Realizing big ideas is really hard, I should know, I spent the first 20 years of my career combining CAD, code, automated manufacturing and design to push the boundaries of architecture and construction. It was an amazing but ultimately frustrating journey. Despite grand visions, gigantic budgets, and some of the best and brightest people, all projects suffered from the same problems; increasing costs, delays, wasted material and human resources, inefficient execution and compromises to the original vision.
Making plans that actually work in practice is not easy!
Remarkable inevitably turned dull and square. Why was this happening? What makes the process of bringing a big idea to life so difficult? Surely this a problem worth solving?
Dreamler is the product of 10 years spent exploring how to solve this problem.
Some Things Are Broken
Any project of reasonable size is almost always a distributed project. The supply-chain consists of multiple stakeholders and participants across multiple organizations, often in different geographic locations. The need for well functioning, adaptive plans and methods is obvious, yet there are a lot of problems that can be observed:
1. There appears to be a lot of confusion between organizing, planning and scheduling. Planning and scheduling are not the same thing; Planning is the art of figuring out what actions to take in what order with the resources needed in order to efficiently meet deadlines and achieve objectives. Scheduling is the art of figuring out when to do what with the resources at hand. The two activities obviously go hand in hand but to jump straight into scheduling without paying attention to planning is a bad idea.
What about a simple to use tool that helps teams collaboratively plan projects? What about a tool that is so fast and easy to use that we do not get stuck with big plans that are hard to adapt?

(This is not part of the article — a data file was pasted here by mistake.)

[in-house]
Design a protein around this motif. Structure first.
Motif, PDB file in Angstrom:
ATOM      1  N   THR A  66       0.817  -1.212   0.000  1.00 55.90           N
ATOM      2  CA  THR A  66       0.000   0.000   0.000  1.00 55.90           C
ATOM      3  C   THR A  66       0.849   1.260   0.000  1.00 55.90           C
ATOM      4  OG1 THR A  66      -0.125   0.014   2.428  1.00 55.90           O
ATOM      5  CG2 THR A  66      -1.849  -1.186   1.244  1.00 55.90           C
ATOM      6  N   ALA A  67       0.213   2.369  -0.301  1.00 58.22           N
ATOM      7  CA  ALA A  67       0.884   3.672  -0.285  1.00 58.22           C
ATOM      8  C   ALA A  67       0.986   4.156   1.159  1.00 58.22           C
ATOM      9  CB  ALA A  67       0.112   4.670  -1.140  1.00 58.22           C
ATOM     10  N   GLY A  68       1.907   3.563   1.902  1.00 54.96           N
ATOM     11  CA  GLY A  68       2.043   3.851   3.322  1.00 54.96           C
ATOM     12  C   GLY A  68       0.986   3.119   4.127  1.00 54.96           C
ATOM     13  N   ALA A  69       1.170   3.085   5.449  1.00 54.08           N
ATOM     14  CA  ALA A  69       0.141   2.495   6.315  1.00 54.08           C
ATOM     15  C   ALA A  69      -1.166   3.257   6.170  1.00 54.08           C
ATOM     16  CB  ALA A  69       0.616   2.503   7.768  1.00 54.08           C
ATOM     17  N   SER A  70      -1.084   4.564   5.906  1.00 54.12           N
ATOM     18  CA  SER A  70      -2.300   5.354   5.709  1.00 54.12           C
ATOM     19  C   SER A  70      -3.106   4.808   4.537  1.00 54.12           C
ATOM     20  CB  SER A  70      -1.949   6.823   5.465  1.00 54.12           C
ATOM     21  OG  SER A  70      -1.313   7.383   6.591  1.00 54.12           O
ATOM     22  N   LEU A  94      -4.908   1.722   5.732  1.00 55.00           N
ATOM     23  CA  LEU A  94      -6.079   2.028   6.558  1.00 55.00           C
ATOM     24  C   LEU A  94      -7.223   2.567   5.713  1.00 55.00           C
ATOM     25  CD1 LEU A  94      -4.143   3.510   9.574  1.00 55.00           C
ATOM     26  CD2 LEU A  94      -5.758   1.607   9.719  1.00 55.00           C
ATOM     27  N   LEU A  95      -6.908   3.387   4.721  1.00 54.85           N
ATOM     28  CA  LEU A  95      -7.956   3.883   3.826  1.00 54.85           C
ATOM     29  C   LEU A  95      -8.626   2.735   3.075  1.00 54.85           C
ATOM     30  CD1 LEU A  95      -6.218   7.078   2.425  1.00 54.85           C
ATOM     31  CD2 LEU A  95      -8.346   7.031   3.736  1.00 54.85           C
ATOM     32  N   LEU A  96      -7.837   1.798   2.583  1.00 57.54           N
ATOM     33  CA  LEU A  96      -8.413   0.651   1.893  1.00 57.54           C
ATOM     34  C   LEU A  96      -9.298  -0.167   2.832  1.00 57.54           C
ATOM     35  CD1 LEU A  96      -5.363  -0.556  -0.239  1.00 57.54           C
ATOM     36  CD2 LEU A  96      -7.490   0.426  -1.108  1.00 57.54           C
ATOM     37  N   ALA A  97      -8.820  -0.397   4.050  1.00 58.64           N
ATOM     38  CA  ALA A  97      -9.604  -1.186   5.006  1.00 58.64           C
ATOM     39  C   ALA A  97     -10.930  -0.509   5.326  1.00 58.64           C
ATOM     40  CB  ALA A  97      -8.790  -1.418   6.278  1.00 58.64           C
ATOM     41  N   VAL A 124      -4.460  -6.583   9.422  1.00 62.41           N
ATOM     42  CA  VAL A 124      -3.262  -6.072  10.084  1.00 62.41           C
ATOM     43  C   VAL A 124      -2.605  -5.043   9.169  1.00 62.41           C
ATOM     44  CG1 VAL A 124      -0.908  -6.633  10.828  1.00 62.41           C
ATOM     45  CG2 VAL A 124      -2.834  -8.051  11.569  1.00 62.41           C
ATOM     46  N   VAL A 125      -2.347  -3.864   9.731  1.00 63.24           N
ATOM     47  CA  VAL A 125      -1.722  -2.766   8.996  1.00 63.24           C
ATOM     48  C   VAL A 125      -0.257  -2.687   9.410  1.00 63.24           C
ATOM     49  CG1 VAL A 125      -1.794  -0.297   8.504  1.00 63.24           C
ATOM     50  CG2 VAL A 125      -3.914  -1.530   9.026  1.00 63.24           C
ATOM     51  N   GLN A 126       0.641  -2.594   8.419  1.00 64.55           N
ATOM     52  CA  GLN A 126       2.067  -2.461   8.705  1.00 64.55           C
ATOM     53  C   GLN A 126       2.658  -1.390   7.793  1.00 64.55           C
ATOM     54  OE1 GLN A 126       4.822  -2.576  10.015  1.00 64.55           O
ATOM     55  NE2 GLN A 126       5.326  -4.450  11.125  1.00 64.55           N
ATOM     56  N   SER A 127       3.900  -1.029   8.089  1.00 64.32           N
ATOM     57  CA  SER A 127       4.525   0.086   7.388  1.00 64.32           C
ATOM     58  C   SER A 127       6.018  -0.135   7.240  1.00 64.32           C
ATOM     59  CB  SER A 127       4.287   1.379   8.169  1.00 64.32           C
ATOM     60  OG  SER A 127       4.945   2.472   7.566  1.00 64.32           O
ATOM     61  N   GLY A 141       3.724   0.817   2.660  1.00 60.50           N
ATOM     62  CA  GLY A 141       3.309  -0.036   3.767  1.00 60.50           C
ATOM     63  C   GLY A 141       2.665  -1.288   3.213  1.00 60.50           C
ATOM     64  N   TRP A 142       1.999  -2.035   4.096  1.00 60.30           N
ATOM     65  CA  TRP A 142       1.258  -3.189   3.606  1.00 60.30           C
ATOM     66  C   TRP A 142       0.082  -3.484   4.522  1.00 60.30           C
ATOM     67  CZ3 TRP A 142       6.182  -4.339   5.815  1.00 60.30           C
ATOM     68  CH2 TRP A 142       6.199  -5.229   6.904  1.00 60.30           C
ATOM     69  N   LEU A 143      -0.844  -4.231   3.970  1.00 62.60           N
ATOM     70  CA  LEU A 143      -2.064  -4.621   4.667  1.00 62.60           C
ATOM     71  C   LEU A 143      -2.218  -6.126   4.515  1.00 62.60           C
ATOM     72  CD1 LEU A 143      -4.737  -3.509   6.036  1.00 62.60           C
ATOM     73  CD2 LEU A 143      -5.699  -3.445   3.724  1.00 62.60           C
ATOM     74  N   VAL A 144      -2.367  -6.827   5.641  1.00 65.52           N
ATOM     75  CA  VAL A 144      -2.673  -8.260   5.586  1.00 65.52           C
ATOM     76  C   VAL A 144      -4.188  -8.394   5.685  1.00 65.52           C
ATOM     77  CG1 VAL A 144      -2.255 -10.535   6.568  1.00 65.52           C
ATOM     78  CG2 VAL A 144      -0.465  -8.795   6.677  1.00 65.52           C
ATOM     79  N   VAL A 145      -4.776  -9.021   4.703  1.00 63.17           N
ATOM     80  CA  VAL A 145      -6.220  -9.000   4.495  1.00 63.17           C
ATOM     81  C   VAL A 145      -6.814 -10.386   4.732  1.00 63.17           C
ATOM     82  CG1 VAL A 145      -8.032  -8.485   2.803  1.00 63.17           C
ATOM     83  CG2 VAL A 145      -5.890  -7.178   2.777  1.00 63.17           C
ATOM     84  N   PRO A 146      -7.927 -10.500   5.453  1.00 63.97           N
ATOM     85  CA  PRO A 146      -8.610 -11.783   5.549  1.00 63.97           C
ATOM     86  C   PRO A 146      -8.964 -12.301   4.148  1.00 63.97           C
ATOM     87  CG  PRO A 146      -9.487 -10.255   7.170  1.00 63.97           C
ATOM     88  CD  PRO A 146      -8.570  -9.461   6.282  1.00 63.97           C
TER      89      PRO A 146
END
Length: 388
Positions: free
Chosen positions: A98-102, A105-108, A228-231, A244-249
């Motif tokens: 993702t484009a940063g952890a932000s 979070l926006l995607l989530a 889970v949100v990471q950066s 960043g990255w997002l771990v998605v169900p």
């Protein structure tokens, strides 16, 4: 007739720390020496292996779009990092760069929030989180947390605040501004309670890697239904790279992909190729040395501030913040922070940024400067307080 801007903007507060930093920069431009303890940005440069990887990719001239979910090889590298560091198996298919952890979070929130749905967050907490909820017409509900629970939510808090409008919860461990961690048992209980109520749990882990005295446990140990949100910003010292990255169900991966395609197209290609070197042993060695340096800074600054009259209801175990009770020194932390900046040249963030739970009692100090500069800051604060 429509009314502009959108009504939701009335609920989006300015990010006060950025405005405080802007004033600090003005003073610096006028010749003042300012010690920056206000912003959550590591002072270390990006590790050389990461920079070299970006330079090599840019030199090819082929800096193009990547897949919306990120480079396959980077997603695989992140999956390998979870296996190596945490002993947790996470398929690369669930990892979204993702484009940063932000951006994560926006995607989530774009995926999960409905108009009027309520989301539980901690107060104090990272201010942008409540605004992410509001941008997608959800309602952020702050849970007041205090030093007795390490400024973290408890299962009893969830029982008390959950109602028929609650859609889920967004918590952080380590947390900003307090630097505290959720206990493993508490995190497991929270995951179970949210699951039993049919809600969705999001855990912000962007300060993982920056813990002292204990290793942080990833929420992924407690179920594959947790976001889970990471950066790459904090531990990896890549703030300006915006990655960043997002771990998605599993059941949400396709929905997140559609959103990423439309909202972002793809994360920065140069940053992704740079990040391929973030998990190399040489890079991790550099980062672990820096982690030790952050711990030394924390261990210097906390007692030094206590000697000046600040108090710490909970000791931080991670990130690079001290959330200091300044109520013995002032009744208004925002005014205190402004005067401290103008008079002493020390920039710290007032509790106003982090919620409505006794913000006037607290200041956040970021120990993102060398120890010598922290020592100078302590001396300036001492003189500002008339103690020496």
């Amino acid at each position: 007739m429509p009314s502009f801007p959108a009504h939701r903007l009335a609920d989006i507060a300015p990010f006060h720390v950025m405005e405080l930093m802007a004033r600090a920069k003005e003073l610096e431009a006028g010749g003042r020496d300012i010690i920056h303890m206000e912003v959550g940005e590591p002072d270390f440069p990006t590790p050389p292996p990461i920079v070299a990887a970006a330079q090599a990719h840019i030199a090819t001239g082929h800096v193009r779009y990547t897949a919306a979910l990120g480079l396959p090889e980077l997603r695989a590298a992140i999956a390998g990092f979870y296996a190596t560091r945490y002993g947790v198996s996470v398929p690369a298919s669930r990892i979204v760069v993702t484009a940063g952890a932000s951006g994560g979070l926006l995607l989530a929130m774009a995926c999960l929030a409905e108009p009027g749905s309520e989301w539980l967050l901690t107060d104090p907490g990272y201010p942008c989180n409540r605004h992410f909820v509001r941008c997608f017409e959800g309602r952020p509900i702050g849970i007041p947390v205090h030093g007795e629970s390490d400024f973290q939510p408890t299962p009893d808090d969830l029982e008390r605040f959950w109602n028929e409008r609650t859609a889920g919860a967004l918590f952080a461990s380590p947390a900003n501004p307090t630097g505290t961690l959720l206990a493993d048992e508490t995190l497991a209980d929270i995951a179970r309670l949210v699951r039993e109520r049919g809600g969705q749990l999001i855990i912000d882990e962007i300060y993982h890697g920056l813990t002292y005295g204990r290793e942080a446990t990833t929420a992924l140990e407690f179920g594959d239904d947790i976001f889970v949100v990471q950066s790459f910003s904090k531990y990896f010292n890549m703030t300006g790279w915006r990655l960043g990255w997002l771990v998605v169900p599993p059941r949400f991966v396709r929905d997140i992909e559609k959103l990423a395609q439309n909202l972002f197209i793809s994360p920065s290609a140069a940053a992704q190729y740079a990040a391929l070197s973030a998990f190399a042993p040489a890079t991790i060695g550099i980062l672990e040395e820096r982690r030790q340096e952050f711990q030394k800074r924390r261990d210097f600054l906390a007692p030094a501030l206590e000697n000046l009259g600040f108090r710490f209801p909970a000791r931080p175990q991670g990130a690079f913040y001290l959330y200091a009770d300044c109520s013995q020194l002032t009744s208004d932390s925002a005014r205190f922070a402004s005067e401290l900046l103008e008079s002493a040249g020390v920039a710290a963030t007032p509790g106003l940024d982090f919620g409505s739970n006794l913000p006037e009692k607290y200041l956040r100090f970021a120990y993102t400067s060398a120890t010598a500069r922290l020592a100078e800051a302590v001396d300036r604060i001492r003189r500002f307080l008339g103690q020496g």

2. It is all too easy for teams to talk about “the plan” in almost abstract terms. Visually representing goals, strategies and actions is a very powerful medium (check out Tom Wujec’s TED talk). The classic military operations room table with models representing forces and ships has a lot going for it: Without a shared, mutually understood and easily accessible visual representation of a plan it is really easy to misunderstand each other.There are of course plenty of tools to help build such visual models. Process modeling languages(e.g. Flowchart, UML, BPMN, IDEF, etc.) are very powerful but most tend to be too hard to master for everyday use. Furthermore they are generally geared towards documenting process, not so much adaptive modeling and managing of ongoing projects.If we back up a few years to the 1950s, we find some of the origin of a lot of commonly used planning methods: PERTand CPM. This type of visual network planning has been around for a really long time and is very powerful but again, too complicated and time-consuming to use in daily practice.
What about a simple to learn (10 min learning curve) tool that helps teams collaboratively build visual maps of how to achieve their goals?
3. The Gantt-chart is the default standard when it comes to project planning. When used right it is a powerful visualization, but this appears to be hard to master in practice so you end up needing a planning expert to manage it. Not great for collaboration. Gantt has several limitations, perhaps the biggest one is that you can’t really use it for planning to plan from strategic down to the to-do level for any reasonably sized project, making the chart less meaningful to the individual team member.
What about a tool that allows teams to collaboratively plan projects from a strategic level all the way down to the nitty-gritty of daily tasks and communication?
4. The typical agile PM tool (e.g. Asana, Trello, etc.), is essentially a glorified list-of-lists with added communication and document sharing. A list of lists is a great general purpose data-structure and the tools based on it do a fantastic job of keeping track of a team’s tasks, but they largely fail to describe how individual tasks relate to the big picture objectives, the dependency between tasks and the actual logical flow of work to be done to reach project objectives in the most efficient way. You often need an additional person (PM/PO) for this. It’s really easy for the team to become short-sighted and just roll up their sleeves and just start working without ever thinking about why they are doing things a certain way.